We also considered whether these 15 participants would meet criteria for social pragmatic communication disorder (SPCD). SPCD is a new diagnosis in DSM-5 and may help describe children with social communication impairments who do not meet full criteria for ASD. We applied DSM-5 SPCD criteria to the detailed behavioral descriptions gathered during the ADI-R and ADOS. None of the 15 participants met the full diagnostic criteria for SCPD, which focuses on pragmatic communication impairments in greetings, sharing information, conversation, understanding nonliteral language, and an ability to modify speech to different social contexts. For most participants, there was clear evidence of good skills in at least some of these areas. The three participants who came closest to SPCD criteria (meeting three of the four behavioral criteria), also showed two or more impairments in the ASD restricted and repetitive behaviors category, thus meeting the restricted behavior criteria for ASD, but not the social communication criteria for either ASD or SPCD.

Characterization of neuropsychiatric and adaptive behavior profiles for 22q11.2DupS

An analysis of variance (ANOVA) of 22q11.2DS, 22q11.2DupS, ASD, and TDC groups showed significant group differences on total SCQ score (F(3, 60.9) = 254.8, p < 0.001), total SRS score (F(3, 80.9) = 153.3, p < 0.001), and Vineland-II Adaptive Behavior Composite score (F(3, 84.6) = 80.8, p < 0.001) (see Table 2). Post hoc comparisons adjusted for unequal variances revealed significant differences and large effect sizes between the 22q11.2DupS and TDC groups on all measures of social interaction and adaptive behavior skills (SRS d = 2.47, 95 % CId = 1.90–3.03, p < 0.001; SCQ: d = 2.44, 95 % CId = 1.78–3.09, p < 0.001; Vineland-II Socialization subscale: d = 1.50, 95 % CId = .97–2.03, p < 0.001; Vineland-II Adaptive Behavior Composite: d = −1.63, 95 % CId = −2.17 to −1.09, p < 0.001). The 22q11.2DS and ASD groups were also significantly more impaired than the TDC group across all measures (p < 0.01; see Table 2).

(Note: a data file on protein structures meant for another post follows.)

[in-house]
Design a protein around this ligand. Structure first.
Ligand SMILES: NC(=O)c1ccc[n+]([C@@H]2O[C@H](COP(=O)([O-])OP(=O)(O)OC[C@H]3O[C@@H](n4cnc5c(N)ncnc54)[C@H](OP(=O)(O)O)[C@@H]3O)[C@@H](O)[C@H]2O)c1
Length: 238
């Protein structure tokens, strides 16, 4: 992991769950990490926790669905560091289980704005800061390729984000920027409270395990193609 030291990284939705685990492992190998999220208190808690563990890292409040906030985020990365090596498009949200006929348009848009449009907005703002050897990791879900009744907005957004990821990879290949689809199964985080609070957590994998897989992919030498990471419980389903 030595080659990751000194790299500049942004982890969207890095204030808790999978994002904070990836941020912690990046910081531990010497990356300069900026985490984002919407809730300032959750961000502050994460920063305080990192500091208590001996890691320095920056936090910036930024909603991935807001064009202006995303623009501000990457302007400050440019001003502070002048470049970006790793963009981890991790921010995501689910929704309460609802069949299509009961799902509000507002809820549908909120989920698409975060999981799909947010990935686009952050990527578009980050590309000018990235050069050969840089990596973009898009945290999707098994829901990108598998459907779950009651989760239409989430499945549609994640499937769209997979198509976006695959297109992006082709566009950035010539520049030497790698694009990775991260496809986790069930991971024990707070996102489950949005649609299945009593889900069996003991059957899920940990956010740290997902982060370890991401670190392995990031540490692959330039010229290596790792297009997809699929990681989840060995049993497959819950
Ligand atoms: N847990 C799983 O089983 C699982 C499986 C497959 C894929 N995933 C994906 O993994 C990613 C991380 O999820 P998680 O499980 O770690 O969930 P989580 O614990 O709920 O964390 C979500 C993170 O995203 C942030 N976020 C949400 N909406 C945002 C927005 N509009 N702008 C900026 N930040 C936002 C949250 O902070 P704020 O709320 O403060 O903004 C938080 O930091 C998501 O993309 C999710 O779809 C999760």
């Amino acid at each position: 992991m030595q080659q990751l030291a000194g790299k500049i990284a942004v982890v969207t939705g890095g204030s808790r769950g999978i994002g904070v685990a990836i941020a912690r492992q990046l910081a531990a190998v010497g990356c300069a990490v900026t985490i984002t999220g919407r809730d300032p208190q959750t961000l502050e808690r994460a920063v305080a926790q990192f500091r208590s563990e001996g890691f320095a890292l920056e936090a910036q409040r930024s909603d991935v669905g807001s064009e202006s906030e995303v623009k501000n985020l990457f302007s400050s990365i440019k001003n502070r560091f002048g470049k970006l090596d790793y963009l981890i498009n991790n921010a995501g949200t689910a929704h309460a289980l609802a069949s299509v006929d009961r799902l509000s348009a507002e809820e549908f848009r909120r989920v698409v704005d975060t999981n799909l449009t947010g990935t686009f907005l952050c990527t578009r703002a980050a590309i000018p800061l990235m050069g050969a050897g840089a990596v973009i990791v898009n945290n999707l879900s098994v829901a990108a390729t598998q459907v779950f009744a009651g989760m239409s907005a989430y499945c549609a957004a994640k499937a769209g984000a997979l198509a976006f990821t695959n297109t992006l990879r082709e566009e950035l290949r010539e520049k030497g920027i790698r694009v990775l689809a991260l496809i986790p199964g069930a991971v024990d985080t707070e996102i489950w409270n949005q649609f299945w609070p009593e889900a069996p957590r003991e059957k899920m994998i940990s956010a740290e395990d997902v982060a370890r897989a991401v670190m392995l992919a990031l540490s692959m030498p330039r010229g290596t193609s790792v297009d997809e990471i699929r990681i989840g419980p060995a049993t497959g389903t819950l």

Table 2

Group results for psychiatric measurements

 

SCQ

SRS

Vineland-II

CASI-4R composite totals

 

Total

Total

Communication

Daily Living

Socialization

Composite

ADHD

ASD

Schizo-affective

Behavior regulation

Depressive

Anxiety

ASD

            

 mean

21.5cd

76.6cd

83.9d

82.3d

74.0bcd

78.0bcd

13.7d

13.2cd

3.3d

4.8d

2.3d

4.4d

 SD

5.3

15.1

14.5

13.5

12.4

11.6

4.1

6.3

1.9

3.4

2.6

2.9

22q11.2DupS

            

 mean

15.8d

69.8d

90.6d

93.5d

90.2ad

88.8ad

12.9d

8.3d

2.8

4.3

1.8d

3.8d

 SD

10.9

19.8

17.8

21.6

21.0

19.1

5.9

8.2

1.6

3.8

2.1

3.3

22q11.2DS

            

 mean

11.3ad

66.6ad

89.8d

88.1d

90.2ad

87.0ad

12.4d

6.0ad

2.3d

4.6d

2.2d

4.6d

 SD

7.5

14.9

18.3

15.1

16.8

16.1

5.4

4.9

1.3

2.7

2.8

2.7

TDC

            

 mean

1.7abc

41.9abc

113.1abc

110.8abc

114.0abc

113.1abc

3.9abc

0.3abc

0.2ac

1.9ac

0.3abc

0.9abc

 SD

1.8

5.4

12.8

12.8

12.7

12.4

33.6

0.7

0.3

2.0

0.6

1.2